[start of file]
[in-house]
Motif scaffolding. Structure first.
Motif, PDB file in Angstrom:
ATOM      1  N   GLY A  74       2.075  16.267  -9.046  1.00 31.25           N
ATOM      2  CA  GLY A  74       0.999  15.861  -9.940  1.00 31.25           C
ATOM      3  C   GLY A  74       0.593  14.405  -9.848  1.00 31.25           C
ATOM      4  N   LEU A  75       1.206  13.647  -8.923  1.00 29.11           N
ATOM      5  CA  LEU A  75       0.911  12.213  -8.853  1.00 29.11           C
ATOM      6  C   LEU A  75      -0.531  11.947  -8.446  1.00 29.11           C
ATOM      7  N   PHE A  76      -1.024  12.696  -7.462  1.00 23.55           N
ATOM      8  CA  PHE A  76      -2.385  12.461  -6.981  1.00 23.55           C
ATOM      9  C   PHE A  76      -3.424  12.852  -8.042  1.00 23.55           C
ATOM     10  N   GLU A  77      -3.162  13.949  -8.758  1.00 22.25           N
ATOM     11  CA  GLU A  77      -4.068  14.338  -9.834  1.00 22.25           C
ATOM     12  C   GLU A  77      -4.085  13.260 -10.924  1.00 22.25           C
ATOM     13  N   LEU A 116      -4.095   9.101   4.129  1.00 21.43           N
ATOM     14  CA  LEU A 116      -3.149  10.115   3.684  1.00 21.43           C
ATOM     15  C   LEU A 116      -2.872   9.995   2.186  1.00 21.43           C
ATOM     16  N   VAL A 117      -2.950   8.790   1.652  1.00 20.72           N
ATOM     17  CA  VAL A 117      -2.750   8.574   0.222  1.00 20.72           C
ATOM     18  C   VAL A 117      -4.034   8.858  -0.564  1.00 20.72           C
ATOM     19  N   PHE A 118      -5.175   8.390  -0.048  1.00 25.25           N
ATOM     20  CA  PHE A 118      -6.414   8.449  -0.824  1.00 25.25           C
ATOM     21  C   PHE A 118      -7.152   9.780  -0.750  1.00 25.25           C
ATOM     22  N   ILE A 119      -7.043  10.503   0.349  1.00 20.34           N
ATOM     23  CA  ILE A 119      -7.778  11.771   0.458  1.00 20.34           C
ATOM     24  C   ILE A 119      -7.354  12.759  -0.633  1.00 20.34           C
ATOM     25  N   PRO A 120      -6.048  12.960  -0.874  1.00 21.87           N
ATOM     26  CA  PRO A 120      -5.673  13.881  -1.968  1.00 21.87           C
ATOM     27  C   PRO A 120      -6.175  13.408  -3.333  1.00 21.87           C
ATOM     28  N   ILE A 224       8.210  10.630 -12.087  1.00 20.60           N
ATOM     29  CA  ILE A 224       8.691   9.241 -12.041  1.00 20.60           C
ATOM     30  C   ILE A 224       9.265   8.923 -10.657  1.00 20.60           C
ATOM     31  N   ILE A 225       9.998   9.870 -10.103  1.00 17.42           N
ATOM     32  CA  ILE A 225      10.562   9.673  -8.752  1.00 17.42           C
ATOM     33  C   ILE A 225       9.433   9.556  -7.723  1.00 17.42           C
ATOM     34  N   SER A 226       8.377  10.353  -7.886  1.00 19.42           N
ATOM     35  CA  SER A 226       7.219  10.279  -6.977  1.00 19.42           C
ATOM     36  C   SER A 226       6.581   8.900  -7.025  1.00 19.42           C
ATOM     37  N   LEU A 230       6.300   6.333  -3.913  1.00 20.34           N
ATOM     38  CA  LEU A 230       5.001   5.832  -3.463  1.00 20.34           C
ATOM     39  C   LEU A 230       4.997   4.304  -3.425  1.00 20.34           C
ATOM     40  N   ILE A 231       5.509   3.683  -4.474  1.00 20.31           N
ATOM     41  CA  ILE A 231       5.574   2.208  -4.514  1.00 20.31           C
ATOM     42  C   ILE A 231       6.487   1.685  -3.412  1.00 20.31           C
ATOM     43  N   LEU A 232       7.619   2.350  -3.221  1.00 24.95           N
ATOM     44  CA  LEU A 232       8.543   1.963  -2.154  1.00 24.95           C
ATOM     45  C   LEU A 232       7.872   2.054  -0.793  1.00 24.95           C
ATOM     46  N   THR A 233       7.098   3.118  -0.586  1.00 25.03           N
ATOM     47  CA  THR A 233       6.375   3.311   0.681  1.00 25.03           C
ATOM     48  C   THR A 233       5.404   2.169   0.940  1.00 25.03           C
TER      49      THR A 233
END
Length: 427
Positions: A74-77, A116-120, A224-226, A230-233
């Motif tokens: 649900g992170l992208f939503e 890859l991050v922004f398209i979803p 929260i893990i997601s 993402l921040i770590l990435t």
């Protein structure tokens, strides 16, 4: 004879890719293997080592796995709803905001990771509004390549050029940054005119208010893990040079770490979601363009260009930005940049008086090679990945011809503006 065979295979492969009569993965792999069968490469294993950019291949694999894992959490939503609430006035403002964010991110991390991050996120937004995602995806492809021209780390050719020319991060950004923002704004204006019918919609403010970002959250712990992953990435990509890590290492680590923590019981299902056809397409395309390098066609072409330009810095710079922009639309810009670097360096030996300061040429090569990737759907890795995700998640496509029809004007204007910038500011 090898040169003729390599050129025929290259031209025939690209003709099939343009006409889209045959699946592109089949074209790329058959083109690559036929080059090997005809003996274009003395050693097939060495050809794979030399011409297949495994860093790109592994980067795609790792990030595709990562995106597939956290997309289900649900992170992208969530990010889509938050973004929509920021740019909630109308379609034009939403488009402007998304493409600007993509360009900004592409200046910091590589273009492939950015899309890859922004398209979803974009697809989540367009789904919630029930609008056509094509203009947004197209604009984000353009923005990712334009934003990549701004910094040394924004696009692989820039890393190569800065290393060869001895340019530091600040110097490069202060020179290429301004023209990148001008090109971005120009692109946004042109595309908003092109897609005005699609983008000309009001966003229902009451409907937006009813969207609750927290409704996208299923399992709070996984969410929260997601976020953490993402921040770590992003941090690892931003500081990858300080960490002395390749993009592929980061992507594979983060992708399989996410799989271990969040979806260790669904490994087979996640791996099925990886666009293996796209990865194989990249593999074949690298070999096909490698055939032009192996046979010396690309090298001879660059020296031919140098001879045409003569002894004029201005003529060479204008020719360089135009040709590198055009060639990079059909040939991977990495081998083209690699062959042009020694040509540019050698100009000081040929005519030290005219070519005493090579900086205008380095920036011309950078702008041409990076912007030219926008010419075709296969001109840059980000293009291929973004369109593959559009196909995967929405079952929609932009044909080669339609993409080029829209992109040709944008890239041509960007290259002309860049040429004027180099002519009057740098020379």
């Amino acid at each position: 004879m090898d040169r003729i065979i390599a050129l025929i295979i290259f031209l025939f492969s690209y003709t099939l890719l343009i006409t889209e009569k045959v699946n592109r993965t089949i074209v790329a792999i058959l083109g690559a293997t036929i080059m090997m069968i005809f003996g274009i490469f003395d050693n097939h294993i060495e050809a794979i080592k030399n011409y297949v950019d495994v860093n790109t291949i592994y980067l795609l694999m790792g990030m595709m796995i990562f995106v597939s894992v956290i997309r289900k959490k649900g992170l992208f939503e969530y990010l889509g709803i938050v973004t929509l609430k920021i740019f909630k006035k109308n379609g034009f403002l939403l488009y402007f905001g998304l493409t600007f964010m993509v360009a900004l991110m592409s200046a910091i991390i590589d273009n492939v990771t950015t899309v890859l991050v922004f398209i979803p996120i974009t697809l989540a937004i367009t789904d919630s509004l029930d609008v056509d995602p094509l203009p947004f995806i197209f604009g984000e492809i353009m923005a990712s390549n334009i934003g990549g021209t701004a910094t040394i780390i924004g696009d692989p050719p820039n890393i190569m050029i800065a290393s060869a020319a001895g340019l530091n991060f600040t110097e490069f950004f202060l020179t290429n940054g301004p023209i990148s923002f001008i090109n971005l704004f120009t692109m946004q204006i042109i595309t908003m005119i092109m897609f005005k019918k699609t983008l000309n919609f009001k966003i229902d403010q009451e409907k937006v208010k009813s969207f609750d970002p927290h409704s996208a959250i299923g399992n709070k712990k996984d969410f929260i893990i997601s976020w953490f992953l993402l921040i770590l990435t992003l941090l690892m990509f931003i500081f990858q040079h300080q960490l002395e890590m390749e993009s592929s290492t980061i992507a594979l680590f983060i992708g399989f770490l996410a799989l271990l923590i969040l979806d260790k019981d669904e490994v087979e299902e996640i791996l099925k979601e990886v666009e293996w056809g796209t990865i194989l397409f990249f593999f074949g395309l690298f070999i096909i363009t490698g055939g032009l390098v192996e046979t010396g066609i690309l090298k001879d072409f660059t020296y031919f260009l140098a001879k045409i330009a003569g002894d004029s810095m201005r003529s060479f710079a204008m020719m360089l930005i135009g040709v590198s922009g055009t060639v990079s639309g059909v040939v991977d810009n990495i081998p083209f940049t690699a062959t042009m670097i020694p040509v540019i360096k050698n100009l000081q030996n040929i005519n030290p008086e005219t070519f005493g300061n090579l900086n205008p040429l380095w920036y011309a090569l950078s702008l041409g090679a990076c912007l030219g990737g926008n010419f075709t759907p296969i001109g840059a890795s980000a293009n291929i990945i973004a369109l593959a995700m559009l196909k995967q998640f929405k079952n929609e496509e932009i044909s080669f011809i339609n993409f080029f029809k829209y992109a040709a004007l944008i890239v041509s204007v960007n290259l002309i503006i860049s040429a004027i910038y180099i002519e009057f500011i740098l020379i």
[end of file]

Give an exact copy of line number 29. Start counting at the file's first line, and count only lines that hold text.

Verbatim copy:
ATOM     26  CA  PRO A 120      -5.673  13.881  -1.968  1.00 21.87           C